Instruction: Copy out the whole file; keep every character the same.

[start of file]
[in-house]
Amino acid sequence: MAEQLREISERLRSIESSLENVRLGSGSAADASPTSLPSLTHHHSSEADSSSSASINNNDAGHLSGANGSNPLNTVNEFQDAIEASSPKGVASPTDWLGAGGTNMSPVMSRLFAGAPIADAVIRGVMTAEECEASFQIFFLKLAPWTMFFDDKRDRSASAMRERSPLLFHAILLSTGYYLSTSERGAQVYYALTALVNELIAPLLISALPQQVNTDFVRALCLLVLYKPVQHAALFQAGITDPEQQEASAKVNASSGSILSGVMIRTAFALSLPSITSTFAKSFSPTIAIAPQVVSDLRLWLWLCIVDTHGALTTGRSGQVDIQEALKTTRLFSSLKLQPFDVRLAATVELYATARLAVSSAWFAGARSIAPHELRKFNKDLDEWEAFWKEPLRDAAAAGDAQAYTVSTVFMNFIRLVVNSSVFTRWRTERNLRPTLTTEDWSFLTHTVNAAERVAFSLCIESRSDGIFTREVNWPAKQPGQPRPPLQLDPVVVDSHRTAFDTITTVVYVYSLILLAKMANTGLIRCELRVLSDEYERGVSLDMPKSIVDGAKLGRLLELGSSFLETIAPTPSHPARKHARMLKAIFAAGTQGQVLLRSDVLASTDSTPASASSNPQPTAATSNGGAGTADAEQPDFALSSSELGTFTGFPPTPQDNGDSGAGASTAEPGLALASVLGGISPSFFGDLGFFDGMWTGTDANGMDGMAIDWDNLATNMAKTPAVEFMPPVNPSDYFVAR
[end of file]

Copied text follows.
[in-house]
Amino acid sequence: MAEQLREISERLRSIESSLENVRLGSGSAADASPTSLPSLTHHHSSEADSSSSASINNNDAGHLSGANGSNPLNTVNEFQDAIEASSPKGVASPTDWLGAGGTNMSPVMSRLFAGAPIADAVIRGVMTAEECEASFQIFFLKLAPWTMFFDDKRDRSASAMRERSPLLFHAILLSTGYYLSTSERGAQVYYALTALVNELIAPLLISALPQQVNTDFVRALCLLVLYKPVQHAALFQAGITDPEQQEASAKVNASSGSILSGVMIRTAFALSLPSITSTFAKSFSPTIAIAPQVVSDLRLWLWLCIVDTHGALTTGRSGQVDIQEALKTTRLFSSLKLQPFDVRLAATVELYATARLAVSSAWFAGARSIAPHELRKFNKDLDEWEAFWKEPLRDAAAAGDAQAYTVSTVFMNFIRLVVNSSVFTRWRTERNLRPTLTTEDWSFLTHTVNAAERVAFSLCIESRSDGIFTREVNWPAKQPGQPRPPLQLDPVVVDSHRTAFDTITTVVYVYSLILLAKMANTGLIRCELRVLSDEYERGVSLDMPKSIVDGAKLGRLLELGSSFLETIAPTPSHPARKHARMLKAIFAAGTQGQVLLRSDVLASTDSTPASASSNPQPTAATSNGGAGTADAEQPDFALSSSELGTFTGFPPTPQDNGDSGAGASTAEPGLALASVLGGISPSFFGDLGFFDGMWTGTDANGMDGMAIDWDNLATNMAKTPAVEFMPPVNPSDYFVAR